After giving that challenge, I saw all these photos coming back of their kids doing the flour activity. I found myself kind of panicking with the messes in their photos and surprised that so many chose to do that activity because of the mess.

It was kind of a wake up call for me. I don’t normally mind messes! And I usually promote messy play. But we haven’t been messy like that in a long time (See Henry’s version of this activity from 4 years ago). The challenge that I prompted my readers with actually challenged me to do it! So we did!

I just gotta remember that messes can be cleaned up! And thanks to our sponsor, Clorox, for having clever cleaning hacks and handy supplies to make it easier than ever to clean up our messes!

And can I tell you that now, after allowing the mess, my kids are asking to do this activity every single day since? And it is one of the simplest ever!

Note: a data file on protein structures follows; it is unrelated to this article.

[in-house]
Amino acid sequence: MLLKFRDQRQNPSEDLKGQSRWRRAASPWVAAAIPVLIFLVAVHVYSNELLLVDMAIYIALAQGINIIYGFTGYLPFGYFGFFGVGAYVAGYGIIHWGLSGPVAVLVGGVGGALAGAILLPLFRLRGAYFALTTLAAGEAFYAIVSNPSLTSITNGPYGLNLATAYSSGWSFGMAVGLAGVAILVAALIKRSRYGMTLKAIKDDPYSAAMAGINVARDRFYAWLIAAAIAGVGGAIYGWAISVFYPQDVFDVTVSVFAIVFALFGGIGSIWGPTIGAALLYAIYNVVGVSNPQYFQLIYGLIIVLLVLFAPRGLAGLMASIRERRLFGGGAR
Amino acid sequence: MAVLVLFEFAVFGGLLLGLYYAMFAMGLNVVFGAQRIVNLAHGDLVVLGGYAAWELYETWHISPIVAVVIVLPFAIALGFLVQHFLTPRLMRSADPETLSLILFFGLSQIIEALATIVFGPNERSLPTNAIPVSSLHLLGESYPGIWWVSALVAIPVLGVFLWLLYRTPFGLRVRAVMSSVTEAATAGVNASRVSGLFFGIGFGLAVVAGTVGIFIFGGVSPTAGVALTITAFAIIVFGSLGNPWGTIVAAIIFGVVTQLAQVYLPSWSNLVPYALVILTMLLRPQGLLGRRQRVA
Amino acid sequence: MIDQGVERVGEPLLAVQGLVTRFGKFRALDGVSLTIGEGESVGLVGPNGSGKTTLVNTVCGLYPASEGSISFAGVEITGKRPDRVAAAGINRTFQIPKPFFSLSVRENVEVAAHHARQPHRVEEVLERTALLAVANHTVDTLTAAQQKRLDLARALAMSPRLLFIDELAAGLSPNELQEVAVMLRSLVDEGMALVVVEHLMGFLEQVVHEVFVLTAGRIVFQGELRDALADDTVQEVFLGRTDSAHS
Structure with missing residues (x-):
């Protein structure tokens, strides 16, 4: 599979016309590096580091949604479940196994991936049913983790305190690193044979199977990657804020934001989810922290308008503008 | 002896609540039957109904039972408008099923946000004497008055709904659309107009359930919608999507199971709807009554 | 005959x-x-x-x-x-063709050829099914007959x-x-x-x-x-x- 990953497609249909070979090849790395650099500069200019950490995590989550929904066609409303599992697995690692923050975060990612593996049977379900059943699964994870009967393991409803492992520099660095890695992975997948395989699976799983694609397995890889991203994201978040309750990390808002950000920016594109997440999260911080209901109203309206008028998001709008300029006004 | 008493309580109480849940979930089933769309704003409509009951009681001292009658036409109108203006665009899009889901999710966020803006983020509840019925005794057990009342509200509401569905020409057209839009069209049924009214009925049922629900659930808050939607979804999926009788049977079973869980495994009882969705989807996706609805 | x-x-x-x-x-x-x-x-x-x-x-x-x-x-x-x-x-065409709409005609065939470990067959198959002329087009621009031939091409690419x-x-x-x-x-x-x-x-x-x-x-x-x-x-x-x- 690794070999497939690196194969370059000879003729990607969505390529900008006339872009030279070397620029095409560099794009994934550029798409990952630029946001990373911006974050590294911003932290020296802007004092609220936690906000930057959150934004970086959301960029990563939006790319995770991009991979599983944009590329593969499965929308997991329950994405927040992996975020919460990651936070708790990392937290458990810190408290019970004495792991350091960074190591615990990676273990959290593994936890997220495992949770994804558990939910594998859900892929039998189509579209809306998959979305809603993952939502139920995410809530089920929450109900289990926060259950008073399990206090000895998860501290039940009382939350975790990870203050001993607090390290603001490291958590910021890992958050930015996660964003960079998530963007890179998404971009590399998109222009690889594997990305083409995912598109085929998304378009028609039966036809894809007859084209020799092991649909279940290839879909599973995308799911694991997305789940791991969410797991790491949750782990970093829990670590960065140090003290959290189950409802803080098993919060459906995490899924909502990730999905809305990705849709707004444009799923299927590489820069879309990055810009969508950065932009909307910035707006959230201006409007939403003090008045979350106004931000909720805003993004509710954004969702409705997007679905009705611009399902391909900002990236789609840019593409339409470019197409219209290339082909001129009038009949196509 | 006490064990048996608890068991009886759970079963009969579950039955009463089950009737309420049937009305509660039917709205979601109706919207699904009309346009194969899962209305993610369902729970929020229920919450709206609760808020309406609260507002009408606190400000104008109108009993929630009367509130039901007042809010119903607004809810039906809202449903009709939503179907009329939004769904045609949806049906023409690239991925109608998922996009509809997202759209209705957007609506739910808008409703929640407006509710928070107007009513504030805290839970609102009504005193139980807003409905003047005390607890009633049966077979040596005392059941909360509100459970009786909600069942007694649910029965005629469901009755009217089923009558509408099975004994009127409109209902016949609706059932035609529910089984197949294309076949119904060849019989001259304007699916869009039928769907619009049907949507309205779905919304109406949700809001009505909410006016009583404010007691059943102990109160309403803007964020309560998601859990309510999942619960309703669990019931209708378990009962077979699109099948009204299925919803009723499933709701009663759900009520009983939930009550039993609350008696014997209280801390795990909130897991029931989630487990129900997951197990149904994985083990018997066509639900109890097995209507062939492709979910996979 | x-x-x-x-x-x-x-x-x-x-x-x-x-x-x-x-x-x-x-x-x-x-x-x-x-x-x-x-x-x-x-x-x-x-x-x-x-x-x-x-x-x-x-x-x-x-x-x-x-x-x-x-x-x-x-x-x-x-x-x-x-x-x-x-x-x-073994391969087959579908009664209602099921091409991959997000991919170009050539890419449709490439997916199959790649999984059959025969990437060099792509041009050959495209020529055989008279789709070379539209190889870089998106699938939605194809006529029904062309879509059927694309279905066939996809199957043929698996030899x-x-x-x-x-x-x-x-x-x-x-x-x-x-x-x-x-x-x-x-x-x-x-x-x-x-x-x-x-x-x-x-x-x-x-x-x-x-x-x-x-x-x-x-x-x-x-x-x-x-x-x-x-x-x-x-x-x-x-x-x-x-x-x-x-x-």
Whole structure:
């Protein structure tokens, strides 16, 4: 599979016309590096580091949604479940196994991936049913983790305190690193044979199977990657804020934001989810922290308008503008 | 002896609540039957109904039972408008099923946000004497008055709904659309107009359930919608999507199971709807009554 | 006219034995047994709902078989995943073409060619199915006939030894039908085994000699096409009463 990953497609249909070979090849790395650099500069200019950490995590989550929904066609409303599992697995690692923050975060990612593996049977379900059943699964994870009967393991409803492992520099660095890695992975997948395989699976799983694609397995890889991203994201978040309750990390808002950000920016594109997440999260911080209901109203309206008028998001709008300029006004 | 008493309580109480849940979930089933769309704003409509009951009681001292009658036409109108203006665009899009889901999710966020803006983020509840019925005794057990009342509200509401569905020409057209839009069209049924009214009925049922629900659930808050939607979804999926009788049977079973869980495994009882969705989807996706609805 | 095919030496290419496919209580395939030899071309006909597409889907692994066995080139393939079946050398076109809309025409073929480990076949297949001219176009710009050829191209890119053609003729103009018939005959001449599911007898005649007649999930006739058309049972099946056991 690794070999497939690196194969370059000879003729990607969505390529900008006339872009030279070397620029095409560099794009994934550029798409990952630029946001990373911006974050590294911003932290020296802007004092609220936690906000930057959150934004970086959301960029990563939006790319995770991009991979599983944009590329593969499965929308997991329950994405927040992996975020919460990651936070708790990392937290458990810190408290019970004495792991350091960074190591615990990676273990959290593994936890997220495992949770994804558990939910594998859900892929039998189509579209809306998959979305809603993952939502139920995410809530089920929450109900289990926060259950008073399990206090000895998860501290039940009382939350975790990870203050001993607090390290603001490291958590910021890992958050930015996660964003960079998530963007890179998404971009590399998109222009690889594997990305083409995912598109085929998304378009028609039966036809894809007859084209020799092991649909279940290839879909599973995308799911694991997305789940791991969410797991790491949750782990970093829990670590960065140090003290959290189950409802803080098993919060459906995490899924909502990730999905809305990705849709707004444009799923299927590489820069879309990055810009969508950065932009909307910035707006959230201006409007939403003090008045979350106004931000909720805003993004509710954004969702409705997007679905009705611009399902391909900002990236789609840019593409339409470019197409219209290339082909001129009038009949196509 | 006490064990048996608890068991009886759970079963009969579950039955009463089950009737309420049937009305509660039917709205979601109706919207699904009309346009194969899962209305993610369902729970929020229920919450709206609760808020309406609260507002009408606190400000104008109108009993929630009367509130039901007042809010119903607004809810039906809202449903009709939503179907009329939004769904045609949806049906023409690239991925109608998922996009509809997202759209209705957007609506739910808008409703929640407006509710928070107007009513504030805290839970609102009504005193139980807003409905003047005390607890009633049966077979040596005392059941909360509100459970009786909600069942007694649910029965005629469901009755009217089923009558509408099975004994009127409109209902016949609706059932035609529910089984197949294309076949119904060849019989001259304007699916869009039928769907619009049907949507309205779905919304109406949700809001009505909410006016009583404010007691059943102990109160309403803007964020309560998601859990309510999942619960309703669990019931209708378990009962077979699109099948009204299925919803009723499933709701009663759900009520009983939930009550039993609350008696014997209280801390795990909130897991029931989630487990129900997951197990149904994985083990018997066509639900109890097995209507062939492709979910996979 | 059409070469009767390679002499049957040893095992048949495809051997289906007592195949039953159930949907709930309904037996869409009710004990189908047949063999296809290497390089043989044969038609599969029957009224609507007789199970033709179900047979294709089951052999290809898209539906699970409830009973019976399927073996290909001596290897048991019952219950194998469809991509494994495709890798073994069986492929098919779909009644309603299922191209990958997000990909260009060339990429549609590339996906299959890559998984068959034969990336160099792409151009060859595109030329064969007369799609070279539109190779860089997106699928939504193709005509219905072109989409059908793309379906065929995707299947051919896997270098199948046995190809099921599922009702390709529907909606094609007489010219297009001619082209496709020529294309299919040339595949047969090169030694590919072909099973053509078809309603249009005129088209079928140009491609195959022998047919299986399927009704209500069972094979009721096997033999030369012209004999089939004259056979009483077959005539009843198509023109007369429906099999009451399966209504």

Simple flour play for kids to do

I found two trays I had on hand for each George and Louis. And dumped just a quarter cup of flour on each. That’s plenty! Don’t overdo it, because you will be cleaning it all up and the trails it makes with the kids…

I gathered a few supplies, such as measuring spoons, a slotted spoon and a can strainer. And I just let them have fun!

They made doodles.

Making marks in flour for prewriting -- simple idea for toddlers!

And drew letters and shapes.

Making marks in flour for prewriting -- simple practice for preschoolers!